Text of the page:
Problem in Organization Related to Organizational Behavior

The management of any organization should focus not only on customer satisfaction, but on the satisfaction of the employees with their work. Those companies that believe that their improved performance has nothing to deal with the work of the employees risk to lose their valuable personnel and their customers with it. This paper, on the example of the particular company, TD Canada Trust Branch, shows how destructive the lack of communication between the management and the personnel may be for the company. Additionally, it offers solutions to the organizational problems that the company faces and advises on how the current relation between the personnel and the management of the organization can be improved.

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Introduction

An organization is a unity of people that collaborate in order to achieve commonly set goals and objectives. The individuals are usually chosen by the company management basing on their education and experience, as well as their ability to contribute into the company’s success. Since there is no guarantee that a particular employee will conform to the requirements of the organization, the employees are recruited with the help of a series of tests and trainings; then, through another set of activities, they are integrated into the organization as such. In their effort to plant the correct virtues into an individual, the organizations often face a number of challenges. The greatest of these challenges is “to understand the different cultural backgrounds [of the employees] along with their attendant value systems and learn how to be respectful of them in order to achieve positive work relationships” (Snider, 2003, p. 73). Especially, this is not easy for a company that is aiming to enter the international market. It requires the company to integrate different categories of people in order to effectively manage its branches and attract a considerable number of customers at this. This paper will explore the organizational behavior of a particular company, TD Canada Trust Branch, in order to define the challenges that its employees face; it will also explain the roots of these challenges and give recommendations on dealing with them.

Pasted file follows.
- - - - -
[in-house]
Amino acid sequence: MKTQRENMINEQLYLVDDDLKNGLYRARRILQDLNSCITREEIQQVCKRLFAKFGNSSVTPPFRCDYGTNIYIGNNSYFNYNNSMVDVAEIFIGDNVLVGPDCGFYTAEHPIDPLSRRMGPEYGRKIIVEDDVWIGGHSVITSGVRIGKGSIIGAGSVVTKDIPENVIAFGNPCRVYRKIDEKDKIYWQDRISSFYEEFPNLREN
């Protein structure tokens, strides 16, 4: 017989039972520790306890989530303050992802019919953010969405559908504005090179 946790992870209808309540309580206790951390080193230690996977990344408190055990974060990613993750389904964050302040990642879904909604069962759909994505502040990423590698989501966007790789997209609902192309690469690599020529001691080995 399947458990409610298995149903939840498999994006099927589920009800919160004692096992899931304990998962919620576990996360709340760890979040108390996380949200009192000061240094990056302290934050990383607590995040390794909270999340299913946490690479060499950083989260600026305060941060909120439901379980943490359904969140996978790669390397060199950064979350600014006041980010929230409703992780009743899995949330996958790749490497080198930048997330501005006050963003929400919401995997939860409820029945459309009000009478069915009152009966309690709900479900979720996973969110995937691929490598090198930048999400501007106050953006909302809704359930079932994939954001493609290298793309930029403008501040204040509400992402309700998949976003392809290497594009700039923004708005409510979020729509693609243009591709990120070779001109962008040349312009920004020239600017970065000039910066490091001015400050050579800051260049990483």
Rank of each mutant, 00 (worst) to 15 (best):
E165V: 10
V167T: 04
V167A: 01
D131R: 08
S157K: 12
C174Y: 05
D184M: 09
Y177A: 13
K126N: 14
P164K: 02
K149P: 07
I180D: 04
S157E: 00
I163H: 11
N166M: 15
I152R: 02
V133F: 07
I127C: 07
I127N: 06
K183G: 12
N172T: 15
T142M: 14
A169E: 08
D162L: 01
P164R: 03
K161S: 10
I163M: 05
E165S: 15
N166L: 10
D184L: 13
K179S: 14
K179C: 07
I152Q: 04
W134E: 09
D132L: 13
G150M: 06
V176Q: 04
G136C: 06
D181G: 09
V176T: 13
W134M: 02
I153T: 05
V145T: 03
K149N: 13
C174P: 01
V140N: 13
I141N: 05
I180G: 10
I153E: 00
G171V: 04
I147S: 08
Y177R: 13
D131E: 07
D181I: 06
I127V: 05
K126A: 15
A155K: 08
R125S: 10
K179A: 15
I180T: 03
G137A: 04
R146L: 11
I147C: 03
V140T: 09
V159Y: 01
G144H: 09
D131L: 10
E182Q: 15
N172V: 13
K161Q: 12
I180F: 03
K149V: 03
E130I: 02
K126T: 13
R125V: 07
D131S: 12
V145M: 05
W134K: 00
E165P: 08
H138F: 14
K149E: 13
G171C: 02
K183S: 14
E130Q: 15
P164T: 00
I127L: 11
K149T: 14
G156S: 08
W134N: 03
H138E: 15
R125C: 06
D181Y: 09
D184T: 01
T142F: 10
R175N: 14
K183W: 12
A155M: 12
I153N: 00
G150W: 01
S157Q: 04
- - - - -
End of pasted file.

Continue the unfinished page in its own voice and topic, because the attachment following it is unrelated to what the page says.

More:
An overview of the organization and challenges it faces

TD Canada Trust is a financial institution whose main purpose is to serve the financial needs of its clients. The desire of the organization is to ensure that its clients are satisfied with the range of financial services that they provide to them. It is due to this that the company has gone out of its way to ensure that they integrate modern technology into their operations and that their clients can easily access their services (Vasu & Stewart, 1998). The company has recently exhibited a sufficiently high level of performance and won the J.D. Power and Associates Award, which is a quality award given to the companies that rank highest in customer satisfaction. However, the main problem within this organization is that the employees of the company do not absolutely trust the management. The trust perception is mainly based on three factors that include ability, benevolence and integrity. In case with this company, the main reason for the lack of trust to the management is the manager’s limited experience of working in large companies. The manager has been reported to lack sound financial knowledge and skills that he can apply to assist employees. This results in the employees’ inability to rely on his help and advice in different financial matters, as well as in their lack of knowledge with regards to the products manufactured by the company.

Another problem within the company that has been reported by the employees is poor communication between the management and the personnel. The managers of the company lack a communication strategy, which is vital for a proper functioning of any company. The management often makes company decisions without necessarily consulting with the employees. At this, the decisions are made on behalf the employees and the latter do not always agree with them. The employees feel left out when it comes to the company’s performance since they are often made to do what they do not approve. Employees also feel that they do not get enough incentives and, therefore, are not motivated to perform better. Their work reminds mere daily routine and they are tired of the fruitless efforts to make any positive changes in their management (Clawson, 2003). This all created a common feeling among the employees that the management does not care much about them and that they are mostly perceived as a labor force unable to participate in decision-making process.